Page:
While I grew up reading lots of science fiction and fantasy short stories in magazines and anthologies, I rarely read them now. Somehow I’m more drawn to novels, where you spend more time in one created space. This collection by my friend Paul Di Filippo was a nice change, and brought me back to the pleasures of short stories, which must work with economy to grab the reader and get him involved quickly. If anything, as Paul says, it’s harder to write short than long, and he does it well.
“City of Beauty, City of Scars” tells of a city where social status is architectural and human flaws are unforgivable. As the girl narrating rises in society and in the levels of the city, her beauty must remain perfect, leaving no room for emotion. Her ambition must leave everyone, even her family behind, and will the reward be worth the price?
“The Kings of Mount Golden” is a story of rivalry between two men, one an inventor, the other his rich patron, over the woman they both love, and then her son, Brannock, who is raised by the patron, but fascinated by his real father, the inventor. Brannock tracks down his father, only to find himself poorly used for a machine that can swap the shapes of two people, his father’s latest invention.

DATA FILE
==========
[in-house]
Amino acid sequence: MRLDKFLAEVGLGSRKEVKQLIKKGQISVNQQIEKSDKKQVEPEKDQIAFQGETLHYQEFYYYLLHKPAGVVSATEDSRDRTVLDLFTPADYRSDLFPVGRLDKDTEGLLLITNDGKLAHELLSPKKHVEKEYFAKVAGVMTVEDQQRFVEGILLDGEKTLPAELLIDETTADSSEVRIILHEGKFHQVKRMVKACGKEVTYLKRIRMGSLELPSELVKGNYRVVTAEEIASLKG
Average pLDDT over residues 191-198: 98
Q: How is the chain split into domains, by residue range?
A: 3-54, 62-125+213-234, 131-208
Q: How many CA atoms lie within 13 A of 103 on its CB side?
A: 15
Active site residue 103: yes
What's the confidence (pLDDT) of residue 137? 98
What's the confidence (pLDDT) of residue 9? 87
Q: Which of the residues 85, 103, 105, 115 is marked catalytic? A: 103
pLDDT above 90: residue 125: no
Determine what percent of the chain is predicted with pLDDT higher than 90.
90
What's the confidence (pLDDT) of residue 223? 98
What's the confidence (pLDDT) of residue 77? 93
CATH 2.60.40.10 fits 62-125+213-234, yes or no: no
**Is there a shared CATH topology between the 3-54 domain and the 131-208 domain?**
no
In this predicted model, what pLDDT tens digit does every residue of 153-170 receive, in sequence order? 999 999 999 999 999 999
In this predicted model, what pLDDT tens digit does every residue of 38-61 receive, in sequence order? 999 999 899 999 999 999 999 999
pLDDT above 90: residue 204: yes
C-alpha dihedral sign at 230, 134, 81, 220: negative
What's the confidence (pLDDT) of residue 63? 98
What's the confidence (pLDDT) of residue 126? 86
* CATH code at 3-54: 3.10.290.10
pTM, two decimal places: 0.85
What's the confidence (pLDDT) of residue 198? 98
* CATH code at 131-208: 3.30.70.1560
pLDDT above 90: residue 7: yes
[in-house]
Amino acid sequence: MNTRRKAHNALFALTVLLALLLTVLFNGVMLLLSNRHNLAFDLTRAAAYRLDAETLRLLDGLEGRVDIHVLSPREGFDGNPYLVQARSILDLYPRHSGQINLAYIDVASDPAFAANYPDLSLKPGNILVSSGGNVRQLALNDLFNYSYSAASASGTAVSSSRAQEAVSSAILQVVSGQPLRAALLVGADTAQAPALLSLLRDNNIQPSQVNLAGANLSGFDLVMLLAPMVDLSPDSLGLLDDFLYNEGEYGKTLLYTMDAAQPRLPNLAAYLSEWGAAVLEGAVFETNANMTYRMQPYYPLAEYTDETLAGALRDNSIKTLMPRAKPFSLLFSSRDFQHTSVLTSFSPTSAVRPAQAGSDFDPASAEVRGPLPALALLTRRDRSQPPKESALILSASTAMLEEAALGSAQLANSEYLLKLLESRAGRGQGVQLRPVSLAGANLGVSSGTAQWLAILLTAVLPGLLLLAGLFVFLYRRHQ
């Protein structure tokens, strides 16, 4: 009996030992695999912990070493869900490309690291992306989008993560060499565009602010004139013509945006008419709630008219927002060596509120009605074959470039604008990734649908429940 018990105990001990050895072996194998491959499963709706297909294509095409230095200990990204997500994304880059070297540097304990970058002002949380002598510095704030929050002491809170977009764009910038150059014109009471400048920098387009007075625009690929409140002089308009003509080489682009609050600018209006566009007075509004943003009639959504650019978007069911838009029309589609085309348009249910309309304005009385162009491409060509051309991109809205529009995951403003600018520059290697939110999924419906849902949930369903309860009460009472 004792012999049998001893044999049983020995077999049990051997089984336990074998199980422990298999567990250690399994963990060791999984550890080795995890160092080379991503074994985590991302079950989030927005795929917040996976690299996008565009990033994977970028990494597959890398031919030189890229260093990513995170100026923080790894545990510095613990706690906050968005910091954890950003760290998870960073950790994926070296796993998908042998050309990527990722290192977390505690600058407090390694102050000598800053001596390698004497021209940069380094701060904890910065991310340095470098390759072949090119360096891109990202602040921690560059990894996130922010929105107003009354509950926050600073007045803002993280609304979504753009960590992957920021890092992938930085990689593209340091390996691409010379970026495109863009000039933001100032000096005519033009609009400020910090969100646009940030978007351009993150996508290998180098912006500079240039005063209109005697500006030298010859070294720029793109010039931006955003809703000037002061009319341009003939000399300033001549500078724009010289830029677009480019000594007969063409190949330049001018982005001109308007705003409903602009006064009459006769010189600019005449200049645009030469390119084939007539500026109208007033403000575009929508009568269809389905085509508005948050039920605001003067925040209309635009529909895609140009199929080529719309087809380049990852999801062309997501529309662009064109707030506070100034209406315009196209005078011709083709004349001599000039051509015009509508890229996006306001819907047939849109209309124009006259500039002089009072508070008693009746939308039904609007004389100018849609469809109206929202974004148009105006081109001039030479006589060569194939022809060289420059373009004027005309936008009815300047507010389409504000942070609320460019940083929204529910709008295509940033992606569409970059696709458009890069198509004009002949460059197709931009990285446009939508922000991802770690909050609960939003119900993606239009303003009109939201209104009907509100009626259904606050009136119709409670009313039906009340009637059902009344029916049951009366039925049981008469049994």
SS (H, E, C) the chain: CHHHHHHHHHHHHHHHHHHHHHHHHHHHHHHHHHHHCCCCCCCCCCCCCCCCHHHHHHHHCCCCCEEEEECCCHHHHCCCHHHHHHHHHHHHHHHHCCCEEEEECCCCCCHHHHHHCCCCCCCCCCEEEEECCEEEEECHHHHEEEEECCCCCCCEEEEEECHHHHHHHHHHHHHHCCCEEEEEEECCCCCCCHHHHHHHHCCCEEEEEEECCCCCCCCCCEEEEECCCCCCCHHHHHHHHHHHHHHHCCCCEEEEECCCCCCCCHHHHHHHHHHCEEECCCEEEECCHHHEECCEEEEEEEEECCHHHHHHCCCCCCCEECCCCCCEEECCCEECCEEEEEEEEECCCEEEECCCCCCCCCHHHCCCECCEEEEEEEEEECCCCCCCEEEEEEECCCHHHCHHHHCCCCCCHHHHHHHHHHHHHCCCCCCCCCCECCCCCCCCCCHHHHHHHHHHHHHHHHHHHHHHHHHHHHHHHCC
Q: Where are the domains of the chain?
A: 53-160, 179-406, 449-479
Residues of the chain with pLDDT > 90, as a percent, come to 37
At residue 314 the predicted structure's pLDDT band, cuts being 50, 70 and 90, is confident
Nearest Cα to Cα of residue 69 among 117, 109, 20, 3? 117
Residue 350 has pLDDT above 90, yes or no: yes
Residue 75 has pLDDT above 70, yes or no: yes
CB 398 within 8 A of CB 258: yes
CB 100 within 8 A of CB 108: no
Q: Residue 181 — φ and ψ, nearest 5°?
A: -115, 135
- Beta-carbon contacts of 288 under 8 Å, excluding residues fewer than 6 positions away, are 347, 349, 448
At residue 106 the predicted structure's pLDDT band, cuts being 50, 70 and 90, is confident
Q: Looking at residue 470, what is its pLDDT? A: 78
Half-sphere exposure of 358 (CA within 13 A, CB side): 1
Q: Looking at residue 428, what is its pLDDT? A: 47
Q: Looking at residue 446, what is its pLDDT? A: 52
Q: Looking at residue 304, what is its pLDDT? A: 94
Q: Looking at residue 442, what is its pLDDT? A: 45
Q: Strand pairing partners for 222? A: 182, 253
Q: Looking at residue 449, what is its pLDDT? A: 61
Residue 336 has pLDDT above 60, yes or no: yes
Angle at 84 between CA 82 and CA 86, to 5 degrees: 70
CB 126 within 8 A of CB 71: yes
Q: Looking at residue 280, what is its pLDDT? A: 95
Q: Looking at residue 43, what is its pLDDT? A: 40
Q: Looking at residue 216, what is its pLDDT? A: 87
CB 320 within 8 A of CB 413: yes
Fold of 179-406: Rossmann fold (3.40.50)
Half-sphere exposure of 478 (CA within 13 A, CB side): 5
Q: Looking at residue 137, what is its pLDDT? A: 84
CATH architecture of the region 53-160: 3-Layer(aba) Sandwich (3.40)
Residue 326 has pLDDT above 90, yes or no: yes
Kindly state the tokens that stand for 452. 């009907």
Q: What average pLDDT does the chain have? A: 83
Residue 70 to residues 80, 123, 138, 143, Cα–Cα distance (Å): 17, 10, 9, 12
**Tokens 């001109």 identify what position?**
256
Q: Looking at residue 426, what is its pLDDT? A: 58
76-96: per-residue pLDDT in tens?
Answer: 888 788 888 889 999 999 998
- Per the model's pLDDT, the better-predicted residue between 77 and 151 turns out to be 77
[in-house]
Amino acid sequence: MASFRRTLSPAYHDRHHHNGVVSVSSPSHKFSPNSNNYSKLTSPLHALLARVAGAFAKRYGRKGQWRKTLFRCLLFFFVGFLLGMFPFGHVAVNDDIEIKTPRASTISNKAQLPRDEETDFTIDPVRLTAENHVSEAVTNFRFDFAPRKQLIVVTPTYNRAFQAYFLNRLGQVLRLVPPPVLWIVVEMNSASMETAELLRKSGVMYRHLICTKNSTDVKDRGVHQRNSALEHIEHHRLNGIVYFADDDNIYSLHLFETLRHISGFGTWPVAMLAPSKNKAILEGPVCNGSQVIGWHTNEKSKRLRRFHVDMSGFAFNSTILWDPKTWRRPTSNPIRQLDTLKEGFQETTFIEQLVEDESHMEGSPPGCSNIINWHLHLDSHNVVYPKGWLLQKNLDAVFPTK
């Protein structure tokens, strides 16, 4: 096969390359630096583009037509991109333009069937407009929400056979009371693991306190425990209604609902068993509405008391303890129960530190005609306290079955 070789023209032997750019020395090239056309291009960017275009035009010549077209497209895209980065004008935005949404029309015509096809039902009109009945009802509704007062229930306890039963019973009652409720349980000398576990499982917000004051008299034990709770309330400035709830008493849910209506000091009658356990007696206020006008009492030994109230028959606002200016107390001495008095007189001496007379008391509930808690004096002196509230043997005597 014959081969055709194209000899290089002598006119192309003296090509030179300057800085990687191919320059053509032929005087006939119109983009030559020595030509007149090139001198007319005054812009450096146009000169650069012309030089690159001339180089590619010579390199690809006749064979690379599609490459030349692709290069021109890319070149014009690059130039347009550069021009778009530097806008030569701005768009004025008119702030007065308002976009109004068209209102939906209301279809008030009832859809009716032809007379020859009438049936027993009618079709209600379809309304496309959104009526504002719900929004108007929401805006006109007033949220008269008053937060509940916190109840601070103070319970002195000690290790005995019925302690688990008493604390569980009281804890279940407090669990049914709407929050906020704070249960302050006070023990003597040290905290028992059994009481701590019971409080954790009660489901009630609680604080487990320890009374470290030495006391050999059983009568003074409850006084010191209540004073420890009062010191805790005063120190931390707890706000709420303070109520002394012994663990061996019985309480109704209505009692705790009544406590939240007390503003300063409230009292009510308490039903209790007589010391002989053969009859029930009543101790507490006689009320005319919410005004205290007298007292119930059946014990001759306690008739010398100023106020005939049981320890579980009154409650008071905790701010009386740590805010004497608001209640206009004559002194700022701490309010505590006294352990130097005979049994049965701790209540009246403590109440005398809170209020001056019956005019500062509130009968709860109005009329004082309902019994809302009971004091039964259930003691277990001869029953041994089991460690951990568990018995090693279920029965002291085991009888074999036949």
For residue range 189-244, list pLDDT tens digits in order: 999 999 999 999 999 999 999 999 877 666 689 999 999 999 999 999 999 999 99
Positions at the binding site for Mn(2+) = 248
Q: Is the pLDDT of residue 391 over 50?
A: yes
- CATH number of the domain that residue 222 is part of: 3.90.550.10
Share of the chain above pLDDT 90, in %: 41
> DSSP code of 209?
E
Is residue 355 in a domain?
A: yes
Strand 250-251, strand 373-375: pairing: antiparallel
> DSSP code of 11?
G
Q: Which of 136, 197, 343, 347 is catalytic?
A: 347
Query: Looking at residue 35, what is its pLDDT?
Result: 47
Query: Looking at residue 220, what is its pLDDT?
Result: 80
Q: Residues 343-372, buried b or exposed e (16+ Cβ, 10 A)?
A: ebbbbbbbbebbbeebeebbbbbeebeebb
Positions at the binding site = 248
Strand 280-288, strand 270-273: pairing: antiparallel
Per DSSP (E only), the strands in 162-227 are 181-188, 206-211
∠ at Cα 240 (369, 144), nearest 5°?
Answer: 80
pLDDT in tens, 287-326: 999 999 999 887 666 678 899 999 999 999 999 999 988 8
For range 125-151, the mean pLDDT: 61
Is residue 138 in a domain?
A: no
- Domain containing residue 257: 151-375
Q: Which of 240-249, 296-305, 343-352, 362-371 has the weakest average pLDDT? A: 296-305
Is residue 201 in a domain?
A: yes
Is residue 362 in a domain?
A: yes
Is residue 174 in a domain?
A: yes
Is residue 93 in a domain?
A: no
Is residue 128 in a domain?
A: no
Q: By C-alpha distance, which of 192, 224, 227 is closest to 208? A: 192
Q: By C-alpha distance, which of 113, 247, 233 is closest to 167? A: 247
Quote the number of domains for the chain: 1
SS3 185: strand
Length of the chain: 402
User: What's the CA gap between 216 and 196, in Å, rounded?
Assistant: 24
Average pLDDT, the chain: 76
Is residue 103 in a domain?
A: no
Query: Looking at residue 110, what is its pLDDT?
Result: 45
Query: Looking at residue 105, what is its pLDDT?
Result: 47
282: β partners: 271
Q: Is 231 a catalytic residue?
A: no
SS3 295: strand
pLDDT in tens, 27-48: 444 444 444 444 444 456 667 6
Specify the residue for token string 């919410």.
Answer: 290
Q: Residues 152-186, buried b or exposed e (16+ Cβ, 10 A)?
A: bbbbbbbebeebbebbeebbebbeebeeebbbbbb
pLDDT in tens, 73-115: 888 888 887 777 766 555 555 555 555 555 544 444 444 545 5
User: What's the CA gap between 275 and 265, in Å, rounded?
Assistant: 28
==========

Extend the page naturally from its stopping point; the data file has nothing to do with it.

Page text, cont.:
In “Adventures in Cognitive Homogamy,” a scientist is seduced and abducted, but finds his skills used in ways he never expected, and his outlook changing.
“Desperados of the Badlands” imagines a future where technological skins enhance the senses and abilities of those who can afford them, or have jobs that provide them, like Ruy Lambeth, sent to capture vandals in Alberta, Canada’s Dinosaur Provincial Park. These vandals have skills equal to his own, though, and a secret weapon that might bring dinosaurs to life.
Those are a few of the fine stories in this anthology, which I enjoyed a great deal, and recommend.